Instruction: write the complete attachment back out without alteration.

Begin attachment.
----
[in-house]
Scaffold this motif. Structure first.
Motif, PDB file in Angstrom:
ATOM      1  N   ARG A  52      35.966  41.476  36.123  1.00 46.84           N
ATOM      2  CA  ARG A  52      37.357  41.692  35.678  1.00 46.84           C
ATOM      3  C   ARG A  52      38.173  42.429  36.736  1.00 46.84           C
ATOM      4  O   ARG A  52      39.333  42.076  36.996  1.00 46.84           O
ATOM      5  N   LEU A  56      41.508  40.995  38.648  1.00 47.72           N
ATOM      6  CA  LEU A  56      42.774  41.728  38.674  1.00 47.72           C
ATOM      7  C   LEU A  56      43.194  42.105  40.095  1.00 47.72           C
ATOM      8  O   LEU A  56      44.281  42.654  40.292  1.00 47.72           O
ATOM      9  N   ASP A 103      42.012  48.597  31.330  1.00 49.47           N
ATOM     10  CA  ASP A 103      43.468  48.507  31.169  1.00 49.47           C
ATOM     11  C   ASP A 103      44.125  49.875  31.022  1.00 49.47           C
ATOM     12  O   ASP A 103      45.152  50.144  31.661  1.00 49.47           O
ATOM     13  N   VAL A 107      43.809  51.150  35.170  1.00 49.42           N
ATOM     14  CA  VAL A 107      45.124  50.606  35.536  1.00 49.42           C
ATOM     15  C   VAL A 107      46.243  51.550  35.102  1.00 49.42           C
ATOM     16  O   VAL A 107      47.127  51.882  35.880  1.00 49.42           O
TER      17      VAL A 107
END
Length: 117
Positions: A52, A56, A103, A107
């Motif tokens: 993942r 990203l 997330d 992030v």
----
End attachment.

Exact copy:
[in-house]
Scaffold this motif. Structure first.
Motif, PDB file in Angstrom:
ATOM      1  N   ARG A  52      35.966  41.476  36.123  1.00 46.84           N
ATOM      2  CA  ARG A  52      37.357  41.692  35.678  1.00 46.84           C
ATOM      3  C   ARG A  52      38.173  42.429  36.736  1.00 46.84           C
ATOM      4  O   ARG A  52      39.333  42.076  36.996  1.00 46.84           O
ATOM      5  N   LEU A  56      41.508  40.995  38.648  1.00 47.72           N
ATOM      6  CA  LEU A  56      42.774  41.728  38.674  1.00 47.72           C
ATOM      7  C   LEU A  56      43.194  42.105  40.095  1.00 47.72           C
ATOM      8  O   LEU A  56      44.281  42.654  40.292  1.00 47.72           O
ATOM      9  N   ASP A 103      42.012  48.597  31.330  1.00 49.47           N
ATOM     10  CA  ASP A 103      43.468  48.507  31.169  1.00 49.47           C
ATOM     11  C   ASP A 103      44.125  49.875  31.022  1.00 49.47           C
ATOM     12  O   ASP A 103      45.152  50.144  31.661  1.00 49.47           O
ATOM     13  N   VAL A 107      43.809  51.150  35.170  1.00 49.42           N
ATOM     14  CA  VAL A 107      45.124  50.606  35.536  1.00 49.42           C
ATOM     15  C   VAL A 107      46.243  51.550  35.102  1.00 49.42           C
ATOM     16  O   VAL A 107      47.127  51.882  35.880  1.00 49.42           O
TER      17      VAL A 107
END
Length: 117
Positions: A52, A56, A103, A107
């Motif tokens: 993942r 990203l 997330d 992030v």